A similar substance found Tuesday in an envelope addressed to Obama tested positive for ricin in a field test, it says.
The three letters all contained "the same verbiage, font, style and paper color," it says.
The letters were postmarked Memphis, Tennessee, which is typically the postmark that letters mailed from northern Mississippi bear, it says.
On his Facebook page, Curtis posted the same quote: "To see a wrong and not expose it, is to become a silent partner in its continuance," the affidavit says.
Sgt. Corrie Robbins of the Booneville Police Department in Mississippi told investigators that Curtis had been investigated several times since 2007, the affidavit says. It adds that Curtis' ex-wife reported to police in 2007 that he was "extremely delusional, anti-government, and felt the government was spying on him with drones."
If convicted, Curtis will face a maximum of 15 years in prison, $500,000 in fines and three years of supervised release.
Wicker said Thursday that he met Curtis about a decade ago. "He's an entertainer," the senator said. "He's an Elvis impersonator, and he entertained at a party that my wife and I helped give for a young couple that was getting married. He was quite entertaining."
The Clarion-Ledger of Jackson, Mississippi, posted photographs of a man it identified as Curtis. In one photograph, he is shown under an "Elvis" sign holding a microphone as he appears to be singing. He is wearing a white suit and sporting long sideburns and swept-back hair.
A Kevin Curtis Live Facebook page describes him a "Master of Impressions performing 'Tribute to the Stars' for audiences of all ages!"
The FBI arrested him on Wednesday at his home in Corinth.
Letters put focus on Texas chiropractor's words
The line in the letters about exposing "a wrong" comes from John Raymond Baker, a longtime Texas chiropractor, his wife said. It's been widely quoted online, but Tammy Baker sounded surprised that it was used in the letters under scrutiny in Washington.
When contacted by CNN, she said that she was not aware of the letters and that the phrase refers to her husband's general philosophy of care.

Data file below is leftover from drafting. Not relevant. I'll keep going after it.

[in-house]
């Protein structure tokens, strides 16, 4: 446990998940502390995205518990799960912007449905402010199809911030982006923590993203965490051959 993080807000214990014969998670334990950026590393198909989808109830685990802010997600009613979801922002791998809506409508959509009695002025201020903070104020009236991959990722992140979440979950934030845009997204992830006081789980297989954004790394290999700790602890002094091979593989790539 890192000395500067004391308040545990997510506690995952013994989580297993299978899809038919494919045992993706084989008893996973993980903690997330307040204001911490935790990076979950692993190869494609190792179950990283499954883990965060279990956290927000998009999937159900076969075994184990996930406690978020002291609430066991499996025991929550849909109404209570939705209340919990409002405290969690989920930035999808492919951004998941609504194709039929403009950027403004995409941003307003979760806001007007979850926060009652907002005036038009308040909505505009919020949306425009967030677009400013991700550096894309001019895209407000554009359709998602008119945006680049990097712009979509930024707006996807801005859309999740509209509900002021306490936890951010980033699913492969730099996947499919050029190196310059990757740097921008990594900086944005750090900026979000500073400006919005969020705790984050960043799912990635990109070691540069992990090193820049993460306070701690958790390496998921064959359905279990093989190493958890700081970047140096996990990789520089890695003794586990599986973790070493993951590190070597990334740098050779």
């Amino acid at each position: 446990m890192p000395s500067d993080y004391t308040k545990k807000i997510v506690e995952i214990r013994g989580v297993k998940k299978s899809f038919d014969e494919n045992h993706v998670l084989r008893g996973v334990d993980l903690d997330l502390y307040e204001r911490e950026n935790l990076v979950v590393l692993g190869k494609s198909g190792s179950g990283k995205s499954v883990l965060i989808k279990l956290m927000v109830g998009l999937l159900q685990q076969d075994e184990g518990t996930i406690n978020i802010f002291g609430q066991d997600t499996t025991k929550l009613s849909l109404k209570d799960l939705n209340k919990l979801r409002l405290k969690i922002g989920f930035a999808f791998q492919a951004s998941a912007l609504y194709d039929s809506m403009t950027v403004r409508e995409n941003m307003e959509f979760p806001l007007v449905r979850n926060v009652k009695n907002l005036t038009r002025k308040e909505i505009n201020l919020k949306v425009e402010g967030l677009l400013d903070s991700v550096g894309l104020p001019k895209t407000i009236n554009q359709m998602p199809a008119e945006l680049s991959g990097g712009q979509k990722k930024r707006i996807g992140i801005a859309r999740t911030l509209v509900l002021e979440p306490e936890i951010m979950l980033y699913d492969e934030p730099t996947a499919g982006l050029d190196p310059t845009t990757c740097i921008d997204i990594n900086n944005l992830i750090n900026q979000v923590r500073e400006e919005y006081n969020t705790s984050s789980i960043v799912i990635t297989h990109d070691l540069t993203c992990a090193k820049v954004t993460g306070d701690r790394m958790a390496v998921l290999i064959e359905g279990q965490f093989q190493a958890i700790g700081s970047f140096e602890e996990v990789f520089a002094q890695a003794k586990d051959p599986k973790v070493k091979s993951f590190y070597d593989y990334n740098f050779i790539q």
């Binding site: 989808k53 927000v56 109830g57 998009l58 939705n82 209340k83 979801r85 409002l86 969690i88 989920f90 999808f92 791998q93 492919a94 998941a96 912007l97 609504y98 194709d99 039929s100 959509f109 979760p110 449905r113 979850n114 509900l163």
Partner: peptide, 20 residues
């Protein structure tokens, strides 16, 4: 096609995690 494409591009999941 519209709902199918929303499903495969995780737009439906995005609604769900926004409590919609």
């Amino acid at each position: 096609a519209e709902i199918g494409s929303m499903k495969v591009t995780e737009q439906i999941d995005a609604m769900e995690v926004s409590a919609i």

She said their office phone rang frequently Wednesday afternoon, which was "kind of freaking out our other employee."
A 2006 post on a blog for Baker's office said the comment originally was a criticism of insurance companies. Since then, the site said, it "has been a quote that has been picked up and quoted (sometimes without attribution) around the net" and "people are using it about all kinds of injustices."
Mail for members of Congress and the White House has been handled at off-site postal facilities since the 2001 anthrax attacks, which targeted Sen. Patrick Leahy, D-Vermont, and then-Majority Leader Tom Daschle, D-South Dakota.
On heightened alert
Suspicious letters in Michigan and Arizona, too
Investigators are trying to determine whether suspicious letters found at Senate offices elsewhere in the country came from the same source, federal law enforcement sources said.
Sen. Carl Levin, D-Michigan, said one of his home-state offices received a "suspicious-looking" letter and alerted authorities. "We do not know yet if the mail presented a threat," said Levin, the chairman of the Senate Armed Services Committee.
A staffer for Arizona Sen. Jeff Flake flagged "suspicious letters" at the freshman Republican's Phoenix office, Flake spokeswoman Genevieve Rozansky said in a statement, but "no dangerous material was detected in the letters."
Phoenix Fire Department spokesman Jonathan Jacobs said the envelope contained a powder. The person who found the envelope was being treated at a Phoenix-area hospital for a pre-existing condition and stress from the event, and others in the immediate vicinity were examined as well.
In a statement issued Wednesday, the FBI said it has no indication of a connection between the letters and Monday's bombings at the finish line of the Boston Marathon.
Ricin is easily made
Ricin is a toxic substance that can be produced easily and cheaply from castor beans. As little as 500 micrograms, an amount the size of the head of a pin, can kill an adult. There is no test for exposure and no antidote.